June 8th, 2005


Shopping Basket

It is a good cup of coffee.

I could leave it at that, but I'm sufficiently fascinated and pedantic about food to say more. Strolling the aisles of Waitrose this evening I noticed that there was a new variety of Illy coffee. It was distinguished from the regular brand only by having a black band, rather than a red one, with the words Tostatura Scura - Dark Roasted - Torréfaction Foncée around the top. Whereas green is the Illy colour of safety indicating decaffeinated, I wasn't sure what black meant at first. It seemed dangerous. This coffee kills. Of course, I bought it. I'm a sucker for some forms of marketing, especially ones that invoke the death instinct.

Basically, it's a darker roast that it is intended for ristretto, an espresso shot with less water. It's the first cup I've had today, which might be a bit of a mistake at 11pm, but I was unable to wait until morning. Slurp...

This pedantry about food was also aroused by an article in yesterday's Independent concerning Cherie Blair adjusting various menu and seating details for the forthcoming G8 banquet. This is as close as I might get to looking into her basket at the supermarket. It was the final paragraph that both perplexed and annoyed me:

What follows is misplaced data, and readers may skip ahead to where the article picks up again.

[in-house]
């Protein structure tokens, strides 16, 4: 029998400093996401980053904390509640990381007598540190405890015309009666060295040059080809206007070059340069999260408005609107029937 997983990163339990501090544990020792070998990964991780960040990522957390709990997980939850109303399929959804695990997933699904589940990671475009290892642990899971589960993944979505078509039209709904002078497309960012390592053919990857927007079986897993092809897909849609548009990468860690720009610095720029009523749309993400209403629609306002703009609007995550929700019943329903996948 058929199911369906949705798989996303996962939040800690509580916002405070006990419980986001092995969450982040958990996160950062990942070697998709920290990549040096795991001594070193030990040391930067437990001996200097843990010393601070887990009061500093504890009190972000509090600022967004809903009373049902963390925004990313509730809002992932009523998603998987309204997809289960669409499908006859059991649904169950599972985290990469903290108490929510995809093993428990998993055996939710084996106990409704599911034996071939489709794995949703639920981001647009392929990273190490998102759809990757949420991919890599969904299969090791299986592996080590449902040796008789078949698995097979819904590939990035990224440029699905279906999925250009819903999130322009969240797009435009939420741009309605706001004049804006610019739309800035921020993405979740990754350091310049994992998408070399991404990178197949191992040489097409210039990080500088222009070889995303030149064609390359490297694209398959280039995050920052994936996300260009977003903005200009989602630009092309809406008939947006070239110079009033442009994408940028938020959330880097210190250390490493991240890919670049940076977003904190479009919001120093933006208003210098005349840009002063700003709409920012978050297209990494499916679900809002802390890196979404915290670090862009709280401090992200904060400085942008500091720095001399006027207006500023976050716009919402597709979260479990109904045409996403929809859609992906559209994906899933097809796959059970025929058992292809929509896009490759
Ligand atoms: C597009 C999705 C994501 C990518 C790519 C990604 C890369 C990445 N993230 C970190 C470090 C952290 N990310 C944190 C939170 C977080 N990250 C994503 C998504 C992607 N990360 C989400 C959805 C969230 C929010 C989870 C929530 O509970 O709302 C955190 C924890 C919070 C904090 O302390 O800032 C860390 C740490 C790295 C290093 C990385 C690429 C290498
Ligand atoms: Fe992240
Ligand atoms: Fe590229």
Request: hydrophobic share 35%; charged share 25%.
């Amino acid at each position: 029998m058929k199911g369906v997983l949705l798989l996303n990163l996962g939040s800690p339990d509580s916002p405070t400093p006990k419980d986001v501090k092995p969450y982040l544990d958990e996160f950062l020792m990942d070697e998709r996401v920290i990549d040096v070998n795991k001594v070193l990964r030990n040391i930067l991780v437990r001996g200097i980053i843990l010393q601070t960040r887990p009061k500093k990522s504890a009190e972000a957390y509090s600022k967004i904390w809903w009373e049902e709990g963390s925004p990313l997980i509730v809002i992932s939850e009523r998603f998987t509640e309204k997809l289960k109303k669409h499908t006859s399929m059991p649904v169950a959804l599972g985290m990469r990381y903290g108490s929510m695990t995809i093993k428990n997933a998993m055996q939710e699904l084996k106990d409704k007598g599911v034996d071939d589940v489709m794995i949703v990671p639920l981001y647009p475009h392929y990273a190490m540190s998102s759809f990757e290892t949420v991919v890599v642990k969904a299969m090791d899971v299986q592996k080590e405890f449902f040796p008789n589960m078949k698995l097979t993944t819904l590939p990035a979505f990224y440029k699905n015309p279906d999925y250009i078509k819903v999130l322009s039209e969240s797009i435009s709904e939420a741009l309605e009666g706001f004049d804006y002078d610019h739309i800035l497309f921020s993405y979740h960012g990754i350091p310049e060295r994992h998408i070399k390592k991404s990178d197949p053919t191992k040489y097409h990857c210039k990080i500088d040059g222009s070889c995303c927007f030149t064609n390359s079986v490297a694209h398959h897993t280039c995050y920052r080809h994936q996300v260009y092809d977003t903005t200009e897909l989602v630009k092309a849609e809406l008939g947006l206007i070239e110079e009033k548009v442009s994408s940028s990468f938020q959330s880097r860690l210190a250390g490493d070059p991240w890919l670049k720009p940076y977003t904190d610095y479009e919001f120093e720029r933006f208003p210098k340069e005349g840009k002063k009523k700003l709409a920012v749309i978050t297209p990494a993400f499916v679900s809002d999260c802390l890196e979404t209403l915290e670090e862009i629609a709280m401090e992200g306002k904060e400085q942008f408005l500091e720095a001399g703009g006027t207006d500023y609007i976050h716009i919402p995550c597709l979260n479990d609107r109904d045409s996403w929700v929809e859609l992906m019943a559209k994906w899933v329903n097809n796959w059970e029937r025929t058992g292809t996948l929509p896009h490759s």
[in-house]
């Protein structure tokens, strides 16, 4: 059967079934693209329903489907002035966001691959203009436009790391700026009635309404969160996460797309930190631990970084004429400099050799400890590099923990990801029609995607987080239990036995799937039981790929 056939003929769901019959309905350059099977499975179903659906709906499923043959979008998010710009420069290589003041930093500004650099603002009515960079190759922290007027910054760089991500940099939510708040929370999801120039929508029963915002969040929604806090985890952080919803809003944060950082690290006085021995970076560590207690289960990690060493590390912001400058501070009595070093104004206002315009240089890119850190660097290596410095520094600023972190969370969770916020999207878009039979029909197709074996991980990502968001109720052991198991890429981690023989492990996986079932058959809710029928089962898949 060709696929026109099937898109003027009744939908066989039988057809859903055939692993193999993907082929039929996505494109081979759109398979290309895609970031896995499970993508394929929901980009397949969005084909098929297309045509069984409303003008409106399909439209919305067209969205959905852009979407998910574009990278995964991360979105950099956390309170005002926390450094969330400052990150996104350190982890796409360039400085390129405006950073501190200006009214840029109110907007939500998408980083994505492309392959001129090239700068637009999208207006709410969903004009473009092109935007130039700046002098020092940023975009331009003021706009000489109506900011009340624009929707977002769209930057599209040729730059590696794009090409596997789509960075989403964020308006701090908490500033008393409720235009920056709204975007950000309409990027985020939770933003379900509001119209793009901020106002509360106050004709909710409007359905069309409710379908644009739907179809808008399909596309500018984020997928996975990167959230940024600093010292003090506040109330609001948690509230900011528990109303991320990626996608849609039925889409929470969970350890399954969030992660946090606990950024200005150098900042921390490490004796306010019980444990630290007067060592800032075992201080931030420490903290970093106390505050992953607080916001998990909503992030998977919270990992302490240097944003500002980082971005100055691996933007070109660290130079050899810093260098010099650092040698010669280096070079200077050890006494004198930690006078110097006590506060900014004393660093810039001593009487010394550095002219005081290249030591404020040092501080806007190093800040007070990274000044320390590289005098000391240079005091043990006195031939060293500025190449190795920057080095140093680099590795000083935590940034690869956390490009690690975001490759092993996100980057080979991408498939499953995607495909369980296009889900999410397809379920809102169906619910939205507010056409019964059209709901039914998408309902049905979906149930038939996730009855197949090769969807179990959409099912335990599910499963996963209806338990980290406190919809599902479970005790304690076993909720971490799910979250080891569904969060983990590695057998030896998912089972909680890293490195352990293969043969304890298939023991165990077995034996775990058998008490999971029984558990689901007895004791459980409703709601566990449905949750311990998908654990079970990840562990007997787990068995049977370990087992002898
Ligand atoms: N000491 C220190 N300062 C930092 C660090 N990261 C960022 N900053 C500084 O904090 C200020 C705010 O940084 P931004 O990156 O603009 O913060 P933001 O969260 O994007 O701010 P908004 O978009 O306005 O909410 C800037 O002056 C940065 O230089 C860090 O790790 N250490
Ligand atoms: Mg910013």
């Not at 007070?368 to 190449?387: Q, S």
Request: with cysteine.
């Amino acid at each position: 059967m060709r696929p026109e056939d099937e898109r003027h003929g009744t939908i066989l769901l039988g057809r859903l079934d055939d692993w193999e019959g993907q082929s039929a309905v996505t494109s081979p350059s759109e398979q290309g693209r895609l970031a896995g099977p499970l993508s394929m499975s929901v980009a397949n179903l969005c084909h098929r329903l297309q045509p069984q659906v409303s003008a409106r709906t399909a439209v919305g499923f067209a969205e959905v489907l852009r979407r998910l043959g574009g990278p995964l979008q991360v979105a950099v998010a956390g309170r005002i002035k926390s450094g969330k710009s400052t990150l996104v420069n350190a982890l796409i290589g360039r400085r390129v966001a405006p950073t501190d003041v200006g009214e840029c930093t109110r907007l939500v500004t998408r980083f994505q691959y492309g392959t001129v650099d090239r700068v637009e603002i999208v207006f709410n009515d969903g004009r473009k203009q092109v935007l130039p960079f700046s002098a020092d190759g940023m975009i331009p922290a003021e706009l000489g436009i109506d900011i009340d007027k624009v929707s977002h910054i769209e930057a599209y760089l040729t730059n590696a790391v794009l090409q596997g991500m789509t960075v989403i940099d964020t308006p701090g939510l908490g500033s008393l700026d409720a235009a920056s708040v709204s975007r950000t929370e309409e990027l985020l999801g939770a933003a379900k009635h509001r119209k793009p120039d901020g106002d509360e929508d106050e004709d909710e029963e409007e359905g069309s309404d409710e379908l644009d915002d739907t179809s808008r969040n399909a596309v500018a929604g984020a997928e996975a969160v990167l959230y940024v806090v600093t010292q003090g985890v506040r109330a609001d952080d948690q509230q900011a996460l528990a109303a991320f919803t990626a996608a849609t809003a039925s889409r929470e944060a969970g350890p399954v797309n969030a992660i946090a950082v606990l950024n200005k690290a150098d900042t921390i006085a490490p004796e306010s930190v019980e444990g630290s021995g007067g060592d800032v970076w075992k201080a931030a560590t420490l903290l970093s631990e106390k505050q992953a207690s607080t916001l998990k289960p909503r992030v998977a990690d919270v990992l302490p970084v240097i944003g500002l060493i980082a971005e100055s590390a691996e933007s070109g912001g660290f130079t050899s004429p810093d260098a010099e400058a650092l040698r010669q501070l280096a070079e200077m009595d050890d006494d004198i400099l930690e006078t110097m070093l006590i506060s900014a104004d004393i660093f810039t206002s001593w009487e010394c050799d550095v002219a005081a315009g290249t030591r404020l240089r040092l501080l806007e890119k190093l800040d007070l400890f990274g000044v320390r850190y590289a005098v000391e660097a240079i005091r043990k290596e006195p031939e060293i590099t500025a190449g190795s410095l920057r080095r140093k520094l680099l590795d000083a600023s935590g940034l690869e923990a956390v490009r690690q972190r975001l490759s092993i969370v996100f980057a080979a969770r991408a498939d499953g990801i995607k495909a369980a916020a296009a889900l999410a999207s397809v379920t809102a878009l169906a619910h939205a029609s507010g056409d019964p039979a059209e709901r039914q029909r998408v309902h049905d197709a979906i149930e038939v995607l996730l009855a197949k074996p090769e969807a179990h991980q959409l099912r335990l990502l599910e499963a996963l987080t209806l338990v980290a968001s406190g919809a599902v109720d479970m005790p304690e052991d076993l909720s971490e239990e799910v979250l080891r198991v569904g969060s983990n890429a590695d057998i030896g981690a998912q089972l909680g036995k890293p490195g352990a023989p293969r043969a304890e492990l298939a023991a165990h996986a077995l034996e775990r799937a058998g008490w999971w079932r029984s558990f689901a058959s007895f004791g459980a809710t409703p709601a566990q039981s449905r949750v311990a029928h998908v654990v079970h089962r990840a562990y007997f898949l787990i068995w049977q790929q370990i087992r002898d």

Another item was also taken off the menu, but for diplomatic reasons. Originally, caviar from Iran was to be served. It is not as good but considerably cheaper than the Russian variety. But diplomats said having anything from a state described by Mr Bush as part of the "axis of evil" might make it hard for the President to swallow. Instead, the finest caviar from Belarus is being served.

I dashed off a letter to the Editor:

Sir: I read with interest of Cherie Blair's adjustments to the forthcoming G8 banquet menu, but I must question Colin Brown's highly contentious comment that Iranian caviar is inferior in quality to the Russian. That's fighting talk on the Caspian shores. Might the Independent be willing to organise a tasting for its staff so they are better equipped to pass gastronomic judgement on such matters? After all, the Iranian is apparently "considerably cheaper", although your accounts department might question the validity of that assertion upon receipt of the invoice.

I am nevertheless fascinated by the idea of "the finest caviar from Belarus" and wonder whether this may prove be a Downing Street euphemism for a serving of (admittedly delicious) herring roe.

I do look forward to further banquet announcements over the coming weeks.

This isn't really the letter I wanted to write. I always thought that newspapers had those sections (I think I'm actually remembering some film with James Spader or somebody about three people who work in such a department at an American newspaper) where such things were checked before publication. Would the Independent write "Originally cheese from Scotland was to be served. It is not as good but considerably cheaper than the French variety"? No, for Scottish producers would be up in arms about it. This sort of writing might just be passable in the Features section but not in the main body of the paper.